As a result of the sessions, Google+ hangouts were used by a number of NGOs to help “puts a face on the tragedy” and attraction donations to help with the fallout from the worst flooding in more than a decade.

Away from non-profits, Google is seeing interest from corporates, two of its biggest examples of which are based in Japan. Toyota and Sony are strong users of Google+ and have both racked up an impressive followers number of 280,000 and 250,000 respectively. Both firms have users from across the world, of which Asia accounts for a significant number.

For Hayward, the attraction of Google+ for brands is the way that it allows them to personalise communication with customers like never before and nowhere else:

It’s the ability to communicate with more than just text, and beyond 140 characters,” he says. “Brands are using video to reach customers too, maybe not everyday, but it is more than just a neat feature to have.”


No talk of social media is complete without mention of China. The country recently passed half a billion Internet users and its authorative stance on foreign Webs service — which has seen a number blocked — makes it a hugely challenging market.

While Google has insisted that China is still a key part of its plans for the region, Google+ is blocked in the country, where it is only accessible through a virtual private network (VPN) system which bypasses the Great Firewall Web censors.

However, Google does still count on the support of one of the country’s most visible social media figures, artist and political activist Ai Weiwei, whose has quickly built 47,000 Google+ followers away from his 120,000 Twitter followers.

Weiwei “made a concious choice” to use Google+, Hayward explains. “Even with it being blocked, he opted to use Google+ to help reach out” when rallying to raise funds to pay a tax bill levied upon him by the government last year.

The artist recently threatened to boycott Twitter in the wake of its move to permit censorship, however it is notable that his last update on Google+ is dated 18 January. While he has used it for key communications, his daily communications is dominated by Twitter and Weibo.

Real-name policy drawbacks in Asia

One notable roadblock for Google+ in Asia is the service insistence on real-names for its users. The company has introduced support for aliases but that is dependent on the registration of a full name first.

Culturally, a great number of Internet users in Asia use an alias online, some for fun reasons and others out of caution. Hayward admits that Google is aware that things are different in Asia, revealing that “there is a lot of debate about the topic at Google, as we try to support as many usage cases as possible.”

“There’s an understanding of a need to support pseudonymous but we are wary of anonymous users,” he continues. “You can see the impact that this has in the West [after the Anonymous group has brought down a number of sites] where a lot of people associate it with toxicity, whereas in Asia it’s a totally conventional thing. It’s a difficult question.”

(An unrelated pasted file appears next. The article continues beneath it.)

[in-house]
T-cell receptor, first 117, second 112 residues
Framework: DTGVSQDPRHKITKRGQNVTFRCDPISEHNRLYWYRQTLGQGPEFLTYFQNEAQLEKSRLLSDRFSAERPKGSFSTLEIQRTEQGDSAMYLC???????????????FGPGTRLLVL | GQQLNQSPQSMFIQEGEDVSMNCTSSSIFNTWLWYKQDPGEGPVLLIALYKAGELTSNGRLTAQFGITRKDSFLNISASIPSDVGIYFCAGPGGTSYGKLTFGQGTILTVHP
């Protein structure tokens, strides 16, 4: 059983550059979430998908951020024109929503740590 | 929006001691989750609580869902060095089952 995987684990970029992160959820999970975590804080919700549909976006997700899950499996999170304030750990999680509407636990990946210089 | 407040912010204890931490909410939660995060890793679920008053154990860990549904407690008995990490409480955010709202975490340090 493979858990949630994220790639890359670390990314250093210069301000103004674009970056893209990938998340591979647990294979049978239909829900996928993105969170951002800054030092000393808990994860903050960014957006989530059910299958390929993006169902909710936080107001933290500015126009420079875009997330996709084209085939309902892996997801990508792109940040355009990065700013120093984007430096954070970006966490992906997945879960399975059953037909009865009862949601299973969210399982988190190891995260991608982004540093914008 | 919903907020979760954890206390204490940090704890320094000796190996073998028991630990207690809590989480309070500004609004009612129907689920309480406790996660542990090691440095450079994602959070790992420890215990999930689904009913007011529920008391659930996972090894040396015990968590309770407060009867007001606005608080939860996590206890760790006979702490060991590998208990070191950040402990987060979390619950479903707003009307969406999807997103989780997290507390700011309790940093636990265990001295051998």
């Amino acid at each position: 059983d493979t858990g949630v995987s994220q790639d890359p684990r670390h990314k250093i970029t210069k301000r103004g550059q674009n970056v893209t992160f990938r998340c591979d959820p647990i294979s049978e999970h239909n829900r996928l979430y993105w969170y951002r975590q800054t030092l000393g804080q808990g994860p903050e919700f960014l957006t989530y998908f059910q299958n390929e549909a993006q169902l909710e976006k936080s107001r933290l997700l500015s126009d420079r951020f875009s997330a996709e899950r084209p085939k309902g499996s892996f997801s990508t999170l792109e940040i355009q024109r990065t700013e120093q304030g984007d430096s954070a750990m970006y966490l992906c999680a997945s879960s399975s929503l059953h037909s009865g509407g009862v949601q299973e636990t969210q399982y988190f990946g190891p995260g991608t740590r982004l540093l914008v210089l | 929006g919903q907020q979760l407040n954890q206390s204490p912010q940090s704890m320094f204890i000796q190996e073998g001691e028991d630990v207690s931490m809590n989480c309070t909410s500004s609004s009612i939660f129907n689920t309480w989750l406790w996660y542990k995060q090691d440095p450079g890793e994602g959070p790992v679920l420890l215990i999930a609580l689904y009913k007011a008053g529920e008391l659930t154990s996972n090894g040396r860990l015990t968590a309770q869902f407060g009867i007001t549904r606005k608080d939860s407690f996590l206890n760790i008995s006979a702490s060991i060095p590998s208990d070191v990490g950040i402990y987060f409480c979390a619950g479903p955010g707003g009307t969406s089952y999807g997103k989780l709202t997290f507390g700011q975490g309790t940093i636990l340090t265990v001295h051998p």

Encouraging organic growth

Google is focusing on the markets where it is initially seeing growth, including Japan and India, and Hayward admits that it is taking a reactive position on building the social network. Rather than actively driving it, the company is watching to see where activity heats up before acting to develop it.

“When we see organic adoption,” Hayward explains, “We then try to figure out why it happened before we go out to try to make more of it by giving experts and celebs a platform.”

With that approach, Google if focusing on ramping the product up in markets where it is showing promise, such as Japan and India, rather than adopting an all out blanket-approach.

Lack of figures

One key area that Google+ is missing, particularly in comparison to other social networks, is hard figures to back its claims.

While Larry Page recently claimed that Google+ has 90 million users with an apparent daily usage rate of 60 percent, the latter of which raised questions, it does not break out data by country.

Google points out that a glance at the follower numbers of certain users that are prominent in Asia or Asian markets, for example AKB 48’s combined 3.5 million, is testament to its success in the region. However, it just leaves us a little unsure of exactly how much interest there is compared to Facebook, which puts user numbers on its site  and can be seen on Socialbakers among other places, and Twitter, which has had it user numbers approximated by country and by language of late.

Google isn’t trying to take over the world, and Hayward points out that “there’s a place for all social networks online, and we’re not looking to change that. People are adding it as a third of fourth pillar,” he adds, “and who knows what may happen with that going forward.”

While there is no doubt that it is bringing something new to Asia and seeing pick-up, the lack of hard data leaves us unsure as to whether Google+ is cutting into Facebook and Twitter in the region, and if so by how much.